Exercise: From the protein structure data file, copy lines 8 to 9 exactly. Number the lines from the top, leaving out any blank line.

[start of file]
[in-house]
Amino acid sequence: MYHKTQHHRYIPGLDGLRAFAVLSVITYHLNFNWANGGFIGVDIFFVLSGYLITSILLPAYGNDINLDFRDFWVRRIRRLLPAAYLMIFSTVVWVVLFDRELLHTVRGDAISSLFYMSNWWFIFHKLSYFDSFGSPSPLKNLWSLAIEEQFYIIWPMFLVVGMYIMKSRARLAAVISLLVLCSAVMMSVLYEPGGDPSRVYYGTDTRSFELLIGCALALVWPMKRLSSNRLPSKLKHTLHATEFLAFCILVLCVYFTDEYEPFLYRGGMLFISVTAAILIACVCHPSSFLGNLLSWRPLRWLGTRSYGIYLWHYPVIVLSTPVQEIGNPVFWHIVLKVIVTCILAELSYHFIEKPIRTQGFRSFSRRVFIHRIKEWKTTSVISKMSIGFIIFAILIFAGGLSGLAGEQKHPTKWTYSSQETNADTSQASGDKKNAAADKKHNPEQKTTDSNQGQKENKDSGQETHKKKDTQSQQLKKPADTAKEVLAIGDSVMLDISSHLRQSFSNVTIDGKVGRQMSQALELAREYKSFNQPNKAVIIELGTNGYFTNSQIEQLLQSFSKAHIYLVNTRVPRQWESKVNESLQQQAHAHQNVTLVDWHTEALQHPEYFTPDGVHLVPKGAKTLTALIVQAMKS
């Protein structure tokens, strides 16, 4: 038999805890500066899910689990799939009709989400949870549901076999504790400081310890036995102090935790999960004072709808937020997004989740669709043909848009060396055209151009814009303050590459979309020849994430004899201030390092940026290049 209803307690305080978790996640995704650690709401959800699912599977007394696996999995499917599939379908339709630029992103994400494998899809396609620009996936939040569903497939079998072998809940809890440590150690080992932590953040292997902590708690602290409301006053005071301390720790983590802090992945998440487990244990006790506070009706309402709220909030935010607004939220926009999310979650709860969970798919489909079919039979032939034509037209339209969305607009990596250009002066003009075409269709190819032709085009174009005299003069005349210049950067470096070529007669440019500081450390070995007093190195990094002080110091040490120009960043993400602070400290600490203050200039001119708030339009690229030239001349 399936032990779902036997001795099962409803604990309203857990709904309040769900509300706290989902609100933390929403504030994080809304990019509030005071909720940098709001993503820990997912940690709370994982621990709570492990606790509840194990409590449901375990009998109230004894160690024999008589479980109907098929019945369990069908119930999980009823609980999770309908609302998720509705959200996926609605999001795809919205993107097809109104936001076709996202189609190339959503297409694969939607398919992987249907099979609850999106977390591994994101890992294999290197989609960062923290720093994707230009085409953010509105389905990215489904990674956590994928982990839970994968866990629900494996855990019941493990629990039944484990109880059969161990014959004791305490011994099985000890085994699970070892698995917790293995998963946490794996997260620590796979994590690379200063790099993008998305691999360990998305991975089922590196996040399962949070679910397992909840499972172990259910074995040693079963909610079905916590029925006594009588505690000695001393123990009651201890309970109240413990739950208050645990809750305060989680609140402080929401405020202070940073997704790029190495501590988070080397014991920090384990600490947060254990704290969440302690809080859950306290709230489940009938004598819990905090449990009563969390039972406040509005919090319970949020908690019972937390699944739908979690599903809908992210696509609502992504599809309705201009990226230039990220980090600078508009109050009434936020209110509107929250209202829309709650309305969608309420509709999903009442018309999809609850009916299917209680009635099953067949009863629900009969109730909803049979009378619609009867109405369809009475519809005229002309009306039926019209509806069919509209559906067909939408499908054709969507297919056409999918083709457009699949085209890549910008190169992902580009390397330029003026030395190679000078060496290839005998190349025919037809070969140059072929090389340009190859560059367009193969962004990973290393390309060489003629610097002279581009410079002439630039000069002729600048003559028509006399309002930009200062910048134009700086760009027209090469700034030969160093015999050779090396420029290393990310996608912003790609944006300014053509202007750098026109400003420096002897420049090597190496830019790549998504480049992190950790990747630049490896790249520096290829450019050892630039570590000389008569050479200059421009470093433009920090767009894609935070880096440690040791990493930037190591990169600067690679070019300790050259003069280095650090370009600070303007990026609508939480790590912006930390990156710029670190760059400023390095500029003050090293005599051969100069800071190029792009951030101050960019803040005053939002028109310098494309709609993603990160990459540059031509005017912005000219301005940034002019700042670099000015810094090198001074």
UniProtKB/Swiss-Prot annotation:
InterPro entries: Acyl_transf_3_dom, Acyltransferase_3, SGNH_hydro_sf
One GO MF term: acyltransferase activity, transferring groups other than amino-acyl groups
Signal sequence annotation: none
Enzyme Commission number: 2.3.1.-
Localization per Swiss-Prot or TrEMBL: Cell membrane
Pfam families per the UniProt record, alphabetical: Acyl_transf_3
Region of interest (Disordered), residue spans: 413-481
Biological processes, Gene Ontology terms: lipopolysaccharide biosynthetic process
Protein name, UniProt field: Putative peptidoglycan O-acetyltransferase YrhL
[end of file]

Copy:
Enzyme Commission number: 2.3.1.-
Localization per Swiss-Prot or TrEMBL: Cell membrane